Guantanamo Bay as a Charter City?

Journalist Sebastian Mallaby has written a lengthy profile of economist Paul Romer, focusing on Romer’s obsessive promotion of “Charter Cities”. Paul Romer has solid academic credentials. He ‘invented’ endogenous growth theory in the late 1980s after earning a BS in physics (1977) and a PhD in economics (1983), both from the University of Chicago. These portions of Mallaby’s article caught my eye.

Romer is not just arguing for enclaves; he is arguing for enclaves that are run by foreign governments. To Romer, the fact that Hong Kong was a colonial experiment, imposed upon a humiliated China by means of a treaty signed aboard a British warship, is not just an embarrassing detail. On the contrary, British rule was central to the city’s success in persuading capitalists of all stripes to flock to it. Romer sometimes illustrates this point by citing another Communist country: modern-day Cuba. Cuba’s rulers have tried to induce foreign corporations to set up shop in special export zones, and have been greeted with understandable caution. But if Raúl Castro convinced a foreign government—ideally a rich democracy such as Canada—to assume sovereignty over a start-up city in Cuba, the prospect of a mini Canada in the sun might attract a flood of investment.

It must have occurred to Castro, Romer says, that his island could do with its own version of Hong Kong; and perhaps that the Guantánamo Bay zone, over which Cuba has already ceded sovereignty to the United States, would be a good place to build one. “Castro goes to the prime minister of Canada and says, ‘Look, the Yankees have a terrible PR problem. They want to get out. Why don’t you, Canada, take over? Run a special administrative zone. Allow a new city to be built up there,’” Romer muses, channeling a statesmanlike version of Raúl Castro that Cuba-watchers might not recognize. “Some of my citizens will move into that city,” Romer-as-Castro continues. “Others will hold back. But this will be the gateway that will connect the modern economy and the modern world to my country.” ….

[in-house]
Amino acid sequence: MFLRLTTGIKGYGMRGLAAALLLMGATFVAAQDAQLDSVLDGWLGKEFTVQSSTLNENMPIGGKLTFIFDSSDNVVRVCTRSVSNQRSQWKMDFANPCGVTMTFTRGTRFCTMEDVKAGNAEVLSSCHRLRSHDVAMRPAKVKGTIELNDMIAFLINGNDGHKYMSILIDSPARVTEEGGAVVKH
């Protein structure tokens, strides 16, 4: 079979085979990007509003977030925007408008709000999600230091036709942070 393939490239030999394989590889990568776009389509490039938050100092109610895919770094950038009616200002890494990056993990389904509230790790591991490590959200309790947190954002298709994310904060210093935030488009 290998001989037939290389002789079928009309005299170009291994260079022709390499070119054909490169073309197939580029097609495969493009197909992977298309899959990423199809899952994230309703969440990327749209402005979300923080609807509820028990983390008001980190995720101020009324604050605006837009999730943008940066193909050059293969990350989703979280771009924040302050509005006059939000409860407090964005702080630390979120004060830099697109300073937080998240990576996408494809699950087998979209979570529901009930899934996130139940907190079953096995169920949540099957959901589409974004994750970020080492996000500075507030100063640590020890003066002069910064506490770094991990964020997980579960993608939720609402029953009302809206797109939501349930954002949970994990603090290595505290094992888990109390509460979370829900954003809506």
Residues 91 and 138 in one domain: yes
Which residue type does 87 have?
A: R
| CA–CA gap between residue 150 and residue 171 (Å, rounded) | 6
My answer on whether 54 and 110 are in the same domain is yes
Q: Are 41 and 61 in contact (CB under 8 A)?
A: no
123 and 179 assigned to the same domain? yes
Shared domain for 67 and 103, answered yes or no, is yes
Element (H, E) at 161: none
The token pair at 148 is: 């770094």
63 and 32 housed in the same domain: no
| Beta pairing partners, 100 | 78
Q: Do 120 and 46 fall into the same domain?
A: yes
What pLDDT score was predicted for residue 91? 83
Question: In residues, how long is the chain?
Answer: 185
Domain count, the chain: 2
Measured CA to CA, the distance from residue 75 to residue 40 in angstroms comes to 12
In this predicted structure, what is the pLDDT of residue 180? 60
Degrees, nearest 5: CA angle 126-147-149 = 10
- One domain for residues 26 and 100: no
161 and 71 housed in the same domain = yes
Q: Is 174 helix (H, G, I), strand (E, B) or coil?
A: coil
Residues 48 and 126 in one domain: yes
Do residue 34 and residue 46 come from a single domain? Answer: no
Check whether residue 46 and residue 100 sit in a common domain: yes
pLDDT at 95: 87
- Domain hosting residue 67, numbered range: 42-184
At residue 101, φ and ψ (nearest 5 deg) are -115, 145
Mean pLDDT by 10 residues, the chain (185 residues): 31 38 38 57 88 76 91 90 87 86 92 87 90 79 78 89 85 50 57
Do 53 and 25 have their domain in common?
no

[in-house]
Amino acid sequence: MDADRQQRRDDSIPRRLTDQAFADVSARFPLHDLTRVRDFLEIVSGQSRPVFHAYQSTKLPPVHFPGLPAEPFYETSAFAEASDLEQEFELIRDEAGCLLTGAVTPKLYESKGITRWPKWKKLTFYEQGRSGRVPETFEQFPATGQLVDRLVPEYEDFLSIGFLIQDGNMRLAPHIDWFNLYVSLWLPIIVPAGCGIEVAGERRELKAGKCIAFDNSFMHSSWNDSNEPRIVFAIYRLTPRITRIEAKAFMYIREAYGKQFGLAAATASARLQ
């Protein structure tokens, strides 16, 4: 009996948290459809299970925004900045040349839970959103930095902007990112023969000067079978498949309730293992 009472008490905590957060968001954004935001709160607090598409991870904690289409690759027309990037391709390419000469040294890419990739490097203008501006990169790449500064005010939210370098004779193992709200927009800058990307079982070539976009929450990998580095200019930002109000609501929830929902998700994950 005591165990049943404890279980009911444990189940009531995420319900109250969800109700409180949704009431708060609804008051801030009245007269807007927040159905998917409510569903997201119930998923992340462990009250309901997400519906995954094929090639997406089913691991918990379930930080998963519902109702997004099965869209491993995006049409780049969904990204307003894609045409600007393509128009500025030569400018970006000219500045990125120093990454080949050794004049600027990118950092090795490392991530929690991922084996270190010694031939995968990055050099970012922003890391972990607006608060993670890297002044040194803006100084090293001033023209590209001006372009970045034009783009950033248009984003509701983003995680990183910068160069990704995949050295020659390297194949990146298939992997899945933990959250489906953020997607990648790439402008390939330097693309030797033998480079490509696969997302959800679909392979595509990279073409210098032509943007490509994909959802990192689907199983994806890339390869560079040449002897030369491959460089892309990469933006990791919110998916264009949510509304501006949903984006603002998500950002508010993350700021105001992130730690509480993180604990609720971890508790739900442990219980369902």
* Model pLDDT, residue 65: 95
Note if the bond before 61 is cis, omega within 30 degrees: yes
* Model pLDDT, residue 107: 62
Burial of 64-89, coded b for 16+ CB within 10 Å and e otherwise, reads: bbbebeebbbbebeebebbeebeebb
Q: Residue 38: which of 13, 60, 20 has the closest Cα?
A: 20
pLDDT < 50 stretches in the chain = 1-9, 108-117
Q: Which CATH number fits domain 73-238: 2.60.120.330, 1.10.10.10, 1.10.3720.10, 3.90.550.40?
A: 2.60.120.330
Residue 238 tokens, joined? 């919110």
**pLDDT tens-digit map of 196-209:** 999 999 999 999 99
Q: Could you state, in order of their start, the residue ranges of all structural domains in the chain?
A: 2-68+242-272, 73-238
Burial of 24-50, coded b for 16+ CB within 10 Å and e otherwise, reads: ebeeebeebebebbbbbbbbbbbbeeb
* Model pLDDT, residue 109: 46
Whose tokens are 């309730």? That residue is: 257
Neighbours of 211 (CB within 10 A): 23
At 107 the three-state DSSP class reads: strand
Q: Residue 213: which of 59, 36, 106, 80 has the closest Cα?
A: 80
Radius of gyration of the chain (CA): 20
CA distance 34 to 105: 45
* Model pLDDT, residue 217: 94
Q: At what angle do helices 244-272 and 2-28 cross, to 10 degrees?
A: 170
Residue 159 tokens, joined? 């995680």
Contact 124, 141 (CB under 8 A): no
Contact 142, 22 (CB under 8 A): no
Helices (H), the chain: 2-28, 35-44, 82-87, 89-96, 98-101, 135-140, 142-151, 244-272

Throughout our conversations, Romer maintained a steady confidence that poor countries will eventually welcome charter cities. ….

But the largest obstacle Romer faces, by his own admission, still remains: he has to find countries willing to play the role of Britain in Hong Kong. …. How would a rich government contend with the shantytowns that might spring up around the borders of a charter city? Would it deport the inhabitants, and be accused of human-rights abuses? Or tolerate them and allow its oasis to be overrun with people who don’t respect its city charter? And what would the foreign trustee do if its host tried to nullify the lease? Would it defend its development experiment with an expeditionary army, as Margaret Thatcher defended the Falklands? A top official at one of Europe’s aid agencies told me, “Since we are responsible for our remaining overseas territories, I can tell you there is much grief in running these things. I would be surprised if Romer gets any takers.”

Sebastian Mallaby, “The Politically Incorrect Guide to Ending Poverty”, The Atlantic, July/August 2010.

For more on Charter Cities, visit http://www.chartercities.org.

HT David Warsh.

Tags: , , , ,

Comments are closed.